The coronavirus pandemic sidelined the Alabama Legislature for almost eight weeks, a disruption that killed bills on prison reform, a lottery, and medical marijuana.
Those proposals and others are on hold until next year or a special session. Some lawmakers say prison reforms are a priority that can’t wait until 2021.
The Department of Justice reported in April 2019 that its investigation of Alabama men’s prisons found violence, drugs, extortion, and mismanagement to a degree that violated the Constitution. The DOJ could file a lawsuit against the state if conditions don’t improve.
A criminal justice policy group appointed by the governor helped develop legislation earlier this year and called for an urgent response. But none of the bills passed during the abbreviated session.
Sen. Cam Ward, R-Alabaster, a study group member, said he believes lawmakers can return in a special session and pass reforms that will satisfy the DOJ and a federal court in a lawsuit over prison health care that concerns some of the same issues as the DOJ report — inmate safety, overcrowding and understaffing. But Ward said he does not believe the legislation can wait until the next regular session in 2021.
“I think if we wait another year, I’m not so sure the feds aren’t going to get tired of dealing with us,” Ward said. “You wait another year, they’re going to say, ‘You had opportunities, you just didn’t do it.’”
Sen. Clyde Chambliss, R-Prattville, also member of the criminal justice study group, said a special session was probably needed for the prison reforms.
“I believe that every cloud has a silver lining so hopefully what will happen is that we will be able to come back in a special session and have all attention on that issue,” Chambliss said. “So, I think that actually may help us in the long run. When you’re trying to do that all in a regular session with budgets and everything else there are so many distractions.”
Proposals to make some nonviolent offenders eligible for new sentences, strengthen the Legislature’s oversight of prisons, and place more emphasis on rehabilitation were among the changes proposed in more than a dozen bills.
Senate Minority Leader Bobby Singleton, D-Greensboro, a member of the criminal justice study group, said the COVID-19 pandemic raised fresh concerns about the need for safer prisons.
“I think it’s going to bring to light a lot of things that we didn’t think about in the regular session,” Singleton said. “So, being in a special session will give us that opportunity to take those bills a little bit further and to also make sure that we’re doing what DOJ wants us to do. For some of those bills, I didn’t think that we were going far enough.”
In addition to the legislation, the Ivey administration is waiting on proposals from private companies to finance, build, and lease three men’s prisons. Two teams of developers are working on proposals, which are due Thursday.
Legislators are not meeting this week and will return Monday for the last day of the regular session. Last week, they met for the first time since mid-March and passed the education and General Fund budgets, a bond issue for school construction projects, and dozens of local bills.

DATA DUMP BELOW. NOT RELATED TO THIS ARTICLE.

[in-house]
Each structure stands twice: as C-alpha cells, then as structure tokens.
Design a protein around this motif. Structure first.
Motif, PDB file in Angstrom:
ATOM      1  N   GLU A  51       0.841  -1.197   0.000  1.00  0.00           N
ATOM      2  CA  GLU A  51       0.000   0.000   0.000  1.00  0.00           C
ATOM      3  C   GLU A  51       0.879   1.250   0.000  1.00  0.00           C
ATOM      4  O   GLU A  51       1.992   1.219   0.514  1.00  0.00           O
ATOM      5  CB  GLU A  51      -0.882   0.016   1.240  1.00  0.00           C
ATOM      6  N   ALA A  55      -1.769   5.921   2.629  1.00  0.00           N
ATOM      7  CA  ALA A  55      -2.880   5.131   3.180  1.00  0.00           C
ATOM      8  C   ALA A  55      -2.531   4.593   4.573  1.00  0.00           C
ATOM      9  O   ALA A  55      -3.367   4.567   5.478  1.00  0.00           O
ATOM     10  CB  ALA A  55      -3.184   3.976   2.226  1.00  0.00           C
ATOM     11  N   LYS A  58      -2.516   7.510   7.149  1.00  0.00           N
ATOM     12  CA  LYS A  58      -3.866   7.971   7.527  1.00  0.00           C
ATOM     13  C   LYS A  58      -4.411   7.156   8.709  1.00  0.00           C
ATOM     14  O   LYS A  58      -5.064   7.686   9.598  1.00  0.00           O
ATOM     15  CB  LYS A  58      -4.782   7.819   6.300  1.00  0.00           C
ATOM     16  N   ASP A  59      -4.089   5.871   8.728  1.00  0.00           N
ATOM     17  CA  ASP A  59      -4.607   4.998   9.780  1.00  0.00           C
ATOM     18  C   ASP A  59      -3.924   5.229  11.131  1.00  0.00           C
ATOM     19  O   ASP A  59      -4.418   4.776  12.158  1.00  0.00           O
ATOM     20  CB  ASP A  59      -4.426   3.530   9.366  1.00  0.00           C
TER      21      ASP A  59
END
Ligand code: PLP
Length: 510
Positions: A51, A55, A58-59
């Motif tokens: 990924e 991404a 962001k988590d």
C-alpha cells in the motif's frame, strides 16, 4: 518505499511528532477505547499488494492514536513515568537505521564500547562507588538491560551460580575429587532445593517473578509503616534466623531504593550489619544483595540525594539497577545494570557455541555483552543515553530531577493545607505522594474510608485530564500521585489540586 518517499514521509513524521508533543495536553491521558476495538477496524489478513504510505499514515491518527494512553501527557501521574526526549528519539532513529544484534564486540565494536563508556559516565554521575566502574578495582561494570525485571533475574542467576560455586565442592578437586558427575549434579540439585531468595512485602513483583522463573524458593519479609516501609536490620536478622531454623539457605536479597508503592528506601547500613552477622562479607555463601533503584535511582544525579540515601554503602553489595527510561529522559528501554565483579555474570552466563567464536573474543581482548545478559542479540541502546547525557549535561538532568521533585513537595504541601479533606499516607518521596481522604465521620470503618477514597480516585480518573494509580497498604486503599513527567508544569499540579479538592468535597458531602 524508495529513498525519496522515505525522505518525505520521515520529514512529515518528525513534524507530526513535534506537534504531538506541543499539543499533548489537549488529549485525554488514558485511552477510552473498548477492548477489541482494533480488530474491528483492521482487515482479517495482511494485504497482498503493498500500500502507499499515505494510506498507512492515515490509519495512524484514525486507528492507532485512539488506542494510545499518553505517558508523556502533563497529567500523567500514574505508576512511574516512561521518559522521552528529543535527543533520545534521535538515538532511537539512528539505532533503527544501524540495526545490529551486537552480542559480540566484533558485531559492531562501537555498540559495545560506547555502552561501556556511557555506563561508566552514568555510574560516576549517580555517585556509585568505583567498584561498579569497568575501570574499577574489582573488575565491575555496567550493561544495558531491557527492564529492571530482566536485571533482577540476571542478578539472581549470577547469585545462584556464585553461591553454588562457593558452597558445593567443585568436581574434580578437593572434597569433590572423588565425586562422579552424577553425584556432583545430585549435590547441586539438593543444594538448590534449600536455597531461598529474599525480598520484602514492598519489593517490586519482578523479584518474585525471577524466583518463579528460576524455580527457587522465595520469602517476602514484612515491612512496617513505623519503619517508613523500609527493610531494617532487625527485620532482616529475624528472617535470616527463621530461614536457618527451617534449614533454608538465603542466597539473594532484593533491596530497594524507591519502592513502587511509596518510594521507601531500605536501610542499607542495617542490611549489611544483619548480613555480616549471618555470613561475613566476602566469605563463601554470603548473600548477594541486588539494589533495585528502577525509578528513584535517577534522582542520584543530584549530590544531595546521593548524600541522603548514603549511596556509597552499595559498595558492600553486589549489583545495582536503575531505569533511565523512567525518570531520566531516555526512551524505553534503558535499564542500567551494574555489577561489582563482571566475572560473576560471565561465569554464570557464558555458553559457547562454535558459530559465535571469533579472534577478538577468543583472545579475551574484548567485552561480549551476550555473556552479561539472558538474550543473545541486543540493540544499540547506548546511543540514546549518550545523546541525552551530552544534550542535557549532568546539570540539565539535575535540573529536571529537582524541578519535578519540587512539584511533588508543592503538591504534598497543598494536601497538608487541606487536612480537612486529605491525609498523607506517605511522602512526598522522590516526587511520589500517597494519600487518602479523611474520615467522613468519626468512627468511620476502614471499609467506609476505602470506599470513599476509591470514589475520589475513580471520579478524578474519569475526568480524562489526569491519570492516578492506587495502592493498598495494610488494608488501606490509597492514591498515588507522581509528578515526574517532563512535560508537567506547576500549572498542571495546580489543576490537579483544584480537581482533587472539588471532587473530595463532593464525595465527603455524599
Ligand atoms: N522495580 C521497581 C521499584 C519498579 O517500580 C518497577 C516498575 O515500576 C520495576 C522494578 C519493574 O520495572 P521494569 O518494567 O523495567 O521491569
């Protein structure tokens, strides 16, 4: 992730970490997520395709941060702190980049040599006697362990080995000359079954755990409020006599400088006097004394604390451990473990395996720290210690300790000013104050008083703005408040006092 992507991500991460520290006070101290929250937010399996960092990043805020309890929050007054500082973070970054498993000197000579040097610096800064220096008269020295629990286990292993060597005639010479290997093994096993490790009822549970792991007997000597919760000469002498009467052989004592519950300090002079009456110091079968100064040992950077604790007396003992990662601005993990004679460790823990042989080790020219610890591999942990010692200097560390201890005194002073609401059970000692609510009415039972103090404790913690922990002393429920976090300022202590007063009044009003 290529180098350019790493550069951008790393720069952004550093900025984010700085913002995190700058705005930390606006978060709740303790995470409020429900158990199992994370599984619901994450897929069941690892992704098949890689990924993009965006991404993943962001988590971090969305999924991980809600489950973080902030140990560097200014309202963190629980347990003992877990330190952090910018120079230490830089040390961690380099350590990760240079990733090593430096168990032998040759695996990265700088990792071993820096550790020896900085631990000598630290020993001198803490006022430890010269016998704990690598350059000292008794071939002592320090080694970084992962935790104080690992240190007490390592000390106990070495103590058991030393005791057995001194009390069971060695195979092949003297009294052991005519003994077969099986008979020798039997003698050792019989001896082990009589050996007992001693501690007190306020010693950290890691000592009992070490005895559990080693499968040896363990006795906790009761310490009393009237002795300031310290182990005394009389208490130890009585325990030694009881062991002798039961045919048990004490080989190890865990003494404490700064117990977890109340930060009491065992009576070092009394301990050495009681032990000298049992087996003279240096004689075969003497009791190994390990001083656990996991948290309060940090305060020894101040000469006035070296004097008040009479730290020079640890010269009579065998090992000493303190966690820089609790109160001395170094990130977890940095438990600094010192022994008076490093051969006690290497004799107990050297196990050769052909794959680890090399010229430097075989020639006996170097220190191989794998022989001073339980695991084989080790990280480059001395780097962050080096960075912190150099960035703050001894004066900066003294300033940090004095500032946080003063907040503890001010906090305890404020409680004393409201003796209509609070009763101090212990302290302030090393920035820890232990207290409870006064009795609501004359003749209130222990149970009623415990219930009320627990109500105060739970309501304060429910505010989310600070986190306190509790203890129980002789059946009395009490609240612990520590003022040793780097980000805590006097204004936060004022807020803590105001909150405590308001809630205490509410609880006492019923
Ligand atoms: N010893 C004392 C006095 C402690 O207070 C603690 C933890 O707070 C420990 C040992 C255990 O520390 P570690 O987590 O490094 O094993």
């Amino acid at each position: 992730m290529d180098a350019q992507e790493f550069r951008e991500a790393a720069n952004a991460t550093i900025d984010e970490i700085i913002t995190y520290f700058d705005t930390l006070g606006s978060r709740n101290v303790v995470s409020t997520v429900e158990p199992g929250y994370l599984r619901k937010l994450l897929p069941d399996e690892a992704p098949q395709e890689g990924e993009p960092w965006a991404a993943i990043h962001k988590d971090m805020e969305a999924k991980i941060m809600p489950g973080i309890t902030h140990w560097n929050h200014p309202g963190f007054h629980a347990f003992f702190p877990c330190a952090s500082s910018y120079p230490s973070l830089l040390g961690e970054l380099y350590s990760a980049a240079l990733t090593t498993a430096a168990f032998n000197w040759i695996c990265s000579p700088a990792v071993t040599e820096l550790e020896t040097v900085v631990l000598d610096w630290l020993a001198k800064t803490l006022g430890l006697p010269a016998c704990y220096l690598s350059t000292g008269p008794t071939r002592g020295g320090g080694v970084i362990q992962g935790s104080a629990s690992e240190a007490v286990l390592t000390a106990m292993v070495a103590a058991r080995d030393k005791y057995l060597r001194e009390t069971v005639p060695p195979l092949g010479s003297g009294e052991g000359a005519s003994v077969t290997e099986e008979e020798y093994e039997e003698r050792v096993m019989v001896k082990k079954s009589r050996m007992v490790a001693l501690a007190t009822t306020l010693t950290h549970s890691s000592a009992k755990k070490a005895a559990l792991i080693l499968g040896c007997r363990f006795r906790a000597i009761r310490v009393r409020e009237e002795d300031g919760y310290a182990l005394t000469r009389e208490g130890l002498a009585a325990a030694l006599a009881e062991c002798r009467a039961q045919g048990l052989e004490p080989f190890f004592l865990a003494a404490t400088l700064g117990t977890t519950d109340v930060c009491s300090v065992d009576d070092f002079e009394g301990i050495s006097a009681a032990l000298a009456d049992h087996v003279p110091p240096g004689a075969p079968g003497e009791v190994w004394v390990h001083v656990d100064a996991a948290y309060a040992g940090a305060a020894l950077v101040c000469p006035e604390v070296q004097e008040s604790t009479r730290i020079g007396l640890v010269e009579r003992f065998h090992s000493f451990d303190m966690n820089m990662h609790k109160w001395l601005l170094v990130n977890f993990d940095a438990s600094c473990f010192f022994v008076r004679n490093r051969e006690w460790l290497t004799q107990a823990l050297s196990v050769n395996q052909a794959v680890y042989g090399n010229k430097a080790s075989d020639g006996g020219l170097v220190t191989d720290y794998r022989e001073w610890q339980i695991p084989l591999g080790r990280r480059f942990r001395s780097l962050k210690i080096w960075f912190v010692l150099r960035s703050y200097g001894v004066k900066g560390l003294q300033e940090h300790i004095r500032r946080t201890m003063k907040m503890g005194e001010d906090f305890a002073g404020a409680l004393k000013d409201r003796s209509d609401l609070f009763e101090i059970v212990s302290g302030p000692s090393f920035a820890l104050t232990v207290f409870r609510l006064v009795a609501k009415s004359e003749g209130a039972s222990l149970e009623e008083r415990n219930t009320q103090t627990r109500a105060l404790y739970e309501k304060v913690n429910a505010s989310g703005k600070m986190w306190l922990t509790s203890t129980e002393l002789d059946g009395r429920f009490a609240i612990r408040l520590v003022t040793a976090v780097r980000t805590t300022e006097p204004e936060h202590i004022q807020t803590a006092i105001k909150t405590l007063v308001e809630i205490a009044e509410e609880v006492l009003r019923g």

Legislators could use the last day to respond to any changes Ivey proposes for the budgets and to tie up other loose ends.
One bill they can’t consider would have set up a seed-to-sale program for the production and distribution of medical marijuana products. The bill by Sen. Tim Melson, R-Florence, passed the Senate but is not in position for a vote in the House.
Melson said the bill had a chance to pass the House before the pandemic ended those hopes.
“You never know until you call the roll, but yeah, I think it did,” said Melson, a medical researcher and anesthesiologist. He said next year he would introduce the same bill.
“I’ll introduce it exactly as it came out of the Senate so that ought to lessen the debate and concerns of the Senate. There shouldn’t be any changes,” Melson said.
Lawmakers introduce lottery bills every year, and this year was no exception. All four states that border Alabama now have lotteries, with Mississippi the latest. Alabama is one of only five states without a lottery.
This year, Rep. Steve Clouse, R-Ozark, rounded up 70 co-sponsors in the House for his lottery proposal, which would have funded pre-kindergarten and scholarships to colleges and technical schools.
When Ivey announced during her State of the State address in February that she was forming a study group on gambling expansion, Clouse decided to wait a few weeks before introducing his bill, although Clouse said he did not think the lottery issue needed any further study. When the pandemic shut down the session in mid-March, the bill had not been considered by a committee.
Among other legislation that died after the pandemic:
A 3% pay raise for education employees and a 2% raise for state employees.
A bill to give judges more discretion in denying bail to people arrested for certain violent crimes. The legislation was named after college student Aniah Blanchard, who was abducted and killed last year. The man accused in the crimes was out on bail for several violent charges. Blanchard’s parents and step-parents lobbied for the bill.
Bills to improve retirement benefits for some education employees and state employees.
A bill to remove one step in the appeals process for death penalty cases intended to shorten the time it takes for appeals to run their course.
A bill to allow wine makers to ship their products directly to homes.
Bills to prohibit gender change medications and surgeries for minors.
Bills to repeal the requirement for a permit to carry a concealed handgun.
A bill to allow K-12 schools to offer yoga as an elective.
A bill to strengthen the law on public access to public records.
Bills to streamline some of the requirements for absentee voting.